Opinion / Inequality

After the Earthquake in Syria, the World Has Abandoned Idlib


Tuesday, February 14, 2023
Refik Hodzic

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As the cries of thousands of Syrians trapped under the rubble echoed in towns and villages in northwestern Syria, local volunteers, White Helmets, and family members were digging through the concrete, often with their bare hands, to try to reach them. Desperate, they were screaming for help from the world on social media, pleading for heavy machinery, for rescue assistance, for tools to help them save as many lives as possible during the crucial 72-hour window following the catastrophic earthquake that hit on February 6. But the cries of the trapped slowly died down in the harsh cold of the Syrian night. The aid never arrived.

In the first four days, instrumental to any hope of finding survivors, 36 shipments of disaster relief aid were shipped to the Syrian regime in Damascus. None reached areas under opposition control in northwestern Syria. In the first three days, the only rescue team that crossed into the Idlib area was a small group of volunteers from Egypt. A team from Spain arrived on the fourth day. A U.N. convoy carrying not emergency aid, not heavy equipment or disaster relief, but humanitarian aid scheduled before the earthquake struck, consisting mostly of mattresses and diapers, came on the third day. The pleas of White Helmets and other Syrians desperate to save their loved ones echoed around the world went unheard and unheeded.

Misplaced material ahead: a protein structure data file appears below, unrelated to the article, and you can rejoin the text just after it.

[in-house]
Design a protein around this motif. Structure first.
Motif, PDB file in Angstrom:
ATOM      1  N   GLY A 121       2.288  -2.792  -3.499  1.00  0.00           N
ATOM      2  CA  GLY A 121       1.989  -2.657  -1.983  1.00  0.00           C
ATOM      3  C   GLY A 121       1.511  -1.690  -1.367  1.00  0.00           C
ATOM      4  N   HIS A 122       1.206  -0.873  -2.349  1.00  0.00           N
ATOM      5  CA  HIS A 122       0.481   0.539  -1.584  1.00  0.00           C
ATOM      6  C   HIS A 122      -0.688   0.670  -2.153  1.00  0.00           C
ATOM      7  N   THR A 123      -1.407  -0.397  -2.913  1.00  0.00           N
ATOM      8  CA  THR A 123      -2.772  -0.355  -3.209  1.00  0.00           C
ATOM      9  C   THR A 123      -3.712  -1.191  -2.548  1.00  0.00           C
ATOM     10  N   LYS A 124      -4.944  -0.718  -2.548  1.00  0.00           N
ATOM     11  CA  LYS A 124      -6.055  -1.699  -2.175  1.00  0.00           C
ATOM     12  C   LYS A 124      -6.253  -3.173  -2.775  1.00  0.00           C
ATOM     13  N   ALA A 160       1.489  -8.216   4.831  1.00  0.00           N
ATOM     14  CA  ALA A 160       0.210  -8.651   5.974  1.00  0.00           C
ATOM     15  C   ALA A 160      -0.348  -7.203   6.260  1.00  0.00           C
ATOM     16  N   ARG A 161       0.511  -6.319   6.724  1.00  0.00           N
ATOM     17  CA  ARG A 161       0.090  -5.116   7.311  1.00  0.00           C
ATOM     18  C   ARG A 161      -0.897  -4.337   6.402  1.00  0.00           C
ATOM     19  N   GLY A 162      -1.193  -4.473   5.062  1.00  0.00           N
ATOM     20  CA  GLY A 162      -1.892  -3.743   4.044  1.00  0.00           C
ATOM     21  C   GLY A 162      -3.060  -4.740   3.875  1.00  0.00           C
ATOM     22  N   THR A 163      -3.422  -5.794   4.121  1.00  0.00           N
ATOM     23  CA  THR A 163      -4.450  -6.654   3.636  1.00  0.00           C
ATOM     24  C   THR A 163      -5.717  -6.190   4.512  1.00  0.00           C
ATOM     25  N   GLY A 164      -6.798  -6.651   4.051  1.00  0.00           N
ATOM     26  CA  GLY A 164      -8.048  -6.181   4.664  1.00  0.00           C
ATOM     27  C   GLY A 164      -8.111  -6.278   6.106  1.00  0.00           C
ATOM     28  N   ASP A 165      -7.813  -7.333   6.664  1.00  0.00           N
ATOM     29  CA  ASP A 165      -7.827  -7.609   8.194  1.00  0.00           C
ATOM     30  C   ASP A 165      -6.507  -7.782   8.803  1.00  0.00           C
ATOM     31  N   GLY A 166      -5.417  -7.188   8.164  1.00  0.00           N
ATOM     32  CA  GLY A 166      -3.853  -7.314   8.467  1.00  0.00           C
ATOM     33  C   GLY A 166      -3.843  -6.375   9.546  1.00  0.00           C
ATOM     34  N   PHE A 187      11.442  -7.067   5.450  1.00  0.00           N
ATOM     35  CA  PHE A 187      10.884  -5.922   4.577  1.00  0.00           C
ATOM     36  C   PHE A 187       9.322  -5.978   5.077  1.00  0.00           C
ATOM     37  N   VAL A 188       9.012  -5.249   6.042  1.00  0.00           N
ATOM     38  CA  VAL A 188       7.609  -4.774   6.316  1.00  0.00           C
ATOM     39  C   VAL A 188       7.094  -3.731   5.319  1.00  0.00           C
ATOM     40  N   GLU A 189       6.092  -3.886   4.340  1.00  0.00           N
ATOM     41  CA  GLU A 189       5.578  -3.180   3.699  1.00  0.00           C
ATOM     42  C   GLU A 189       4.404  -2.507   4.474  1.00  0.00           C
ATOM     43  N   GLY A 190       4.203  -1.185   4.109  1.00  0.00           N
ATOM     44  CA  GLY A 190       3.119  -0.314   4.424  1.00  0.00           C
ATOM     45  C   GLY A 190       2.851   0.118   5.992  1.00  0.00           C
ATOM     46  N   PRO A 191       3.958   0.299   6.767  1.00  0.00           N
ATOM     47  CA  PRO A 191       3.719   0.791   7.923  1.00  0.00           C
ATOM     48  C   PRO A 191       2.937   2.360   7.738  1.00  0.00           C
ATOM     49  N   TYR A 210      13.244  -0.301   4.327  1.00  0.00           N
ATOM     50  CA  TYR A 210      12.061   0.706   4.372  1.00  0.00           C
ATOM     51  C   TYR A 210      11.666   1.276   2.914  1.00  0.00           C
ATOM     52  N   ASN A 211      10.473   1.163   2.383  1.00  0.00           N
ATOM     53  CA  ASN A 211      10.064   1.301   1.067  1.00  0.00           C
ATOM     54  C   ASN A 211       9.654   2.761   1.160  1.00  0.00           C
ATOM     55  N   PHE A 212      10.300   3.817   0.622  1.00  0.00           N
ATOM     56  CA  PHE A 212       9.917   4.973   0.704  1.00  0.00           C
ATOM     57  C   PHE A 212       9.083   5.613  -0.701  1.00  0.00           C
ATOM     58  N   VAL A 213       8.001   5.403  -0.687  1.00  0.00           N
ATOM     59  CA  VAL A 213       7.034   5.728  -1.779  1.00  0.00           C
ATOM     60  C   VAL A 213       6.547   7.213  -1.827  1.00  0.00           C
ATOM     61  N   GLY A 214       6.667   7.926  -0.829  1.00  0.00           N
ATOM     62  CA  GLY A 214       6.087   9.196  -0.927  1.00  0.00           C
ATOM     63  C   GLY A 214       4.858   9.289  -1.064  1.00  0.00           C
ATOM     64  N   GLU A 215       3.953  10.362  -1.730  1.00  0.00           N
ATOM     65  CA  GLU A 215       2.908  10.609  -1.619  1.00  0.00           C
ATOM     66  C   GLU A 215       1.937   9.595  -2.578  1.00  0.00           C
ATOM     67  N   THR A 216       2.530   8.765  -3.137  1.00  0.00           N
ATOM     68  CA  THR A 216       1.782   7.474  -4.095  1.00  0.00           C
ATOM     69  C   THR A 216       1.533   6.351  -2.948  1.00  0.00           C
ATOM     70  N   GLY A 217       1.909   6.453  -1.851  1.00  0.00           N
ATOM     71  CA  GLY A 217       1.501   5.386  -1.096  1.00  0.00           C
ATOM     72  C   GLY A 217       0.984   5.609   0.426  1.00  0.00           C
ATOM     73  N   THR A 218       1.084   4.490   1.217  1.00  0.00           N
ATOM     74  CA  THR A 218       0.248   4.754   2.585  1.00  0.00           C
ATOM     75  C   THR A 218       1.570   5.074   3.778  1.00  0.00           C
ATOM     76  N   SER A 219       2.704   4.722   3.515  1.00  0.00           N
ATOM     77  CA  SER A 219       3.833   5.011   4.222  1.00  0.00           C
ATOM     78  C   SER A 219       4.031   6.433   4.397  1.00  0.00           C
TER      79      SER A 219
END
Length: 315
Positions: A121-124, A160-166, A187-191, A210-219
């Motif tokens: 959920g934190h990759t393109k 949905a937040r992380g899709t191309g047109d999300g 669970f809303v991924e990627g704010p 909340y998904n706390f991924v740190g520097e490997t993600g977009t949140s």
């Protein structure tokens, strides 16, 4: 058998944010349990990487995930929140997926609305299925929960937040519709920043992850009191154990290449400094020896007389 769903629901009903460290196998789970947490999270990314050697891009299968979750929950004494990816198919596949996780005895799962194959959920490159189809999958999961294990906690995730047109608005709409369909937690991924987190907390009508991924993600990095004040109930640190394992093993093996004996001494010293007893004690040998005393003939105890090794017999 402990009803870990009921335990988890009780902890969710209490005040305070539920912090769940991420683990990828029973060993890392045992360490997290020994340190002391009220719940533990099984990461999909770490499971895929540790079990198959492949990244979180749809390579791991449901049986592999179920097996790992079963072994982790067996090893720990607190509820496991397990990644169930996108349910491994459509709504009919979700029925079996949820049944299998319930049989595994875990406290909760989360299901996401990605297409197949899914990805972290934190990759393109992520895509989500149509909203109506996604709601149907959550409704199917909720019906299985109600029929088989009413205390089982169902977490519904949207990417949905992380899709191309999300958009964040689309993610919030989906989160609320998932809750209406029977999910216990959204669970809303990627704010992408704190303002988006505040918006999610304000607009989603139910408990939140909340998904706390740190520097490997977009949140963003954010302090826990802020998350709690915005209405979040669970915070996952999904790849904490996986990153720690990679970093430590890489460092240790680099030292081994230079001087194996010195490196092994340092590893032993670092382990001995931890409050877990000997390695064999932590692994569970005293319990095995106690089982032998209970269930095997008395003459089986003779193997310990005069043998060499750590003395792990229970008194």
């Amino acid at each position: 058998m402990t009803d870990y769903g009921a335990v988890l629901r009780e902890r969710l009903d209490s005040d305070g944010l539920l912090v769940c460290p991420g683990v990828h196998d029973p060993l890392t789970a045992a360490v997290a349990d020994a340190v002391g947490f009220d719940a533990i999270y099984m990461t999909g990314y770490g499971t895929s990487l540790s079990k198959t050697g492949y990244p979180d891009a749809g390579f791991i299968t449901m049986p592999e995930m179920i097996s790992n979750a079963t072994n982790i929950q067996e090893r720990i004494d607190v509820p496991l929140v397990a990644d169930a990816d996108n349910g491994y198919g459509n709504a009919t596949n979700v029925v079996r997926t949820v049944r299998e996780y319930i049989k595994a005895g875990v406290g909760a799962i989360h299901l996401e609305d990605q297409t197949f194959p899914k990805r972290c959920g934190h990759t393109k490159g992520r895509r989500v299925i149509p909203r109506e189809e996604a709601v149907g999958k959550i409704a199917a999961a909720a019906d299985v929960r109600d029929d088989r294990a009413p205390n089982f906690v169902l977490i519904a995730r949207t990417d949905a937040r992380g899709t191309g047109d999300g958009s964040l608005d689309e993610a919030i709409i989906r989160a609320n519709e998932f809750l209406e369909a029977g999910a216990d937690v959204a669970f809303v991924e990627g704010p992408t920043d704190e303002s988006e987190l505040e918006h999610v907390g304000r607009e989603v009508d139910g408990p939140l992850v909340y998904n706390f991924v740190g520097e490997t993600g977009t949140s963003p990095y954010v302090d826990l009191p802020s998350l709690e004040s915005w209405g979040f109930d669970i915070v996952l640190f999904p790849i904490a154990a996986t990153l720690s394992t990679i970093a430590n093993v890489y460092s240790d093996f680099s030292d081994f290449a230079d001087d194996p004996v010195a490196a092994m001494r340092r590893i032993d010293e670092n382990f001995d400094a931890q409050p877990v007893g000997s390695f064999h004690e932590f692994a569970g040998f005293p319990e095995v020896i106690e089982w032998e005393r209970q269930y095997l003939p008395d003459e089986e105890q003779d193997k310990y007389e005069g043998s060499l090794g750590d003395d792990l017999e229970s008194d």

Why? How is it possible that Syrians trapped in Idlib were abandoned like this at their hour of greatest need, the hour in which the world has come together in solidarity with victims of this catastrophic disaster across the border in Turkey, or in the areas of Syria controlled by the Syrian regime? Rescue crews and disaster relief were dispatched in a matter of hours from places distant and diverse, from Israel to Venezuela, from Bosnia to Canada, from Oman to Iceland. Why were these people, already displaced and brutalized for almost 12 years, more than four million of them crammed in unlivable conditions even before the earthquake struck, left to their terrible fate with little more than promises of help which never arrived?